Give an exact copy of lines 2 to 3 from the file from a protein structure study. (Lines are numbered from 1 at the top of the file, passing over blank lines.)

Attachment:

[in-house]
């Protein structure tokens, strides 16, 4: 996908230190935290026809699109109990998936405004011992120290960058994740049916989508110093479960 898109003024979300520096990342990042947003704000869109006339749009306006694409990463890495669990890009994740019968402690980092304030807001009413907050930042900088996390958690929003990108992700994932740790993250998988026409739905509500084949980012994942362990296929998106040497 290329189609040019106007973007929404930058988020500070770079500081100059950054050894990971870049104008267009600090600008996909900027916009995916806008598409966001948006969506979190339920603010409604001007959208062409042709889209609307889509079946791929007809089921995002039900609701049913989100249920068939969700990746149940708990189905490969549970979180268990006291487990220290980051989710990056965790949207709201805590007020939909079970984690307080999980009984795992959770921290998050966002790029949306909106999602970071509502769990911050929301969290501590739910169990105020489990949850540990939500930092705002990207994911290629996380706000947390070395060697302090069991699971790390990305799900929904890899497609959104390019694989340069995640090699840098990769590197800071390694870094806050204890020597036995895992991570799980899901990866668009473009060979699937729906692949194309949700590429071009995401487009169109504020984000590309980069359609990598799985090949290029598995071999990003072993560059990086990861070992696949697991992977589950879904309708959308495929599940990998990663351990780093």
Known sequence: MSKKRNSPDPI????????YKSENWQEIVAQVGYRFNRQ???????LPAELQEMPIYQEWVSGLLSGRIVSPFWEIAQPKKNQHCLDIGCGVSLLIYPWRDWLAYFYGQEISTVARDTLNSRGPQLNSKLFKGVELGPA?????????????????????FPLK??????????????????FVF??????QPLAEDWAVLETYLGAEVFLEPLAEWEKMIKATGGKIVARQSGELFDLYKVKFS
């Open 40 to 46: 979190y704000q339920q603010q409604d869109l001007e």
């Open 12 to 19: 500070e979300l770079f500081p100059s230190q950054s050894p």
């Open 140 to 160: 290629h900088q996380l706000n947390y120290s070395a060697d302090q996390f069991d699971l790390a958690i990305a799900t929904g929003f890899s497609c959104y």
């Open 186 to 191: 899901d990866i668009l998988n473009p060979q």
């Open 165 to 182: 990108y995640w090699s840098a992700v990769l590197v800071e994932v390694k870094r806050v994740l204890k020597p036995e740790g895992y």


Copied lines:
């Protein structure tokens, strides 16, 4: 996908230190935290026809699109109990998936405004011992120290960058994740049916989508110093479960 898109003024979300520096990342990042947003704000869109006339749009306006694409990463890495669990890009994740019968402690980092304030807001009413907050930042900088996390958690929003990108992700994932740790993250998988026409739905509500084949980012994942362990296929998106040497 290329189609040019106007973007929404930058988020500070770079500081100059950054050894990971870049104008267009600090600008996909900027916009995916806008598409966001948006969506979190339920603010409604001007959208062409042709889209609307889509079946791929007809089921995002039900609701049913989100249920068939969700990746149940708990189905490969549970979180268990006291487990220290980051989710990056965790949207709201805590007020939909079970984690307080999980009984795992959770921290998050966002790029949306909106999602970071509502769990911050929301969290501590739910169990105020489990949850540990939500930092705002990207994911290629996380706000947390070395060697302090069991699971790390990305799900929904890899497609959104390019694989340069995640090699840098990769590197800071390694870094806050204890020597036995895992991570799980899901990866668009473009060979699937729906692949194309949700590429071009995401487009169109504020984000590309980069359609990598799985090949290029598995071999990003072993560059990086990861070992696949697991992977589950879904309708959308495929599940990998990663351990780093």
Known sequence: MSKKRNSPDPI????????YKSENWQEIVAQVGYRFNRQ???????LPAELQEMPIYQEWVSGLLSGRIVSPFWEIAQPKKNQHCLDIGCGVSLLIYPWRDWLAYFYGQEISTVARDTLNSRGPQLNSKLFKGVELGPA?????????????????????FPLK??????????????????FVF??????QPLAEDWAVLETYLGAEVFLEPLAEWEKMIKATGGKIVARQSGELFDLYKVKFS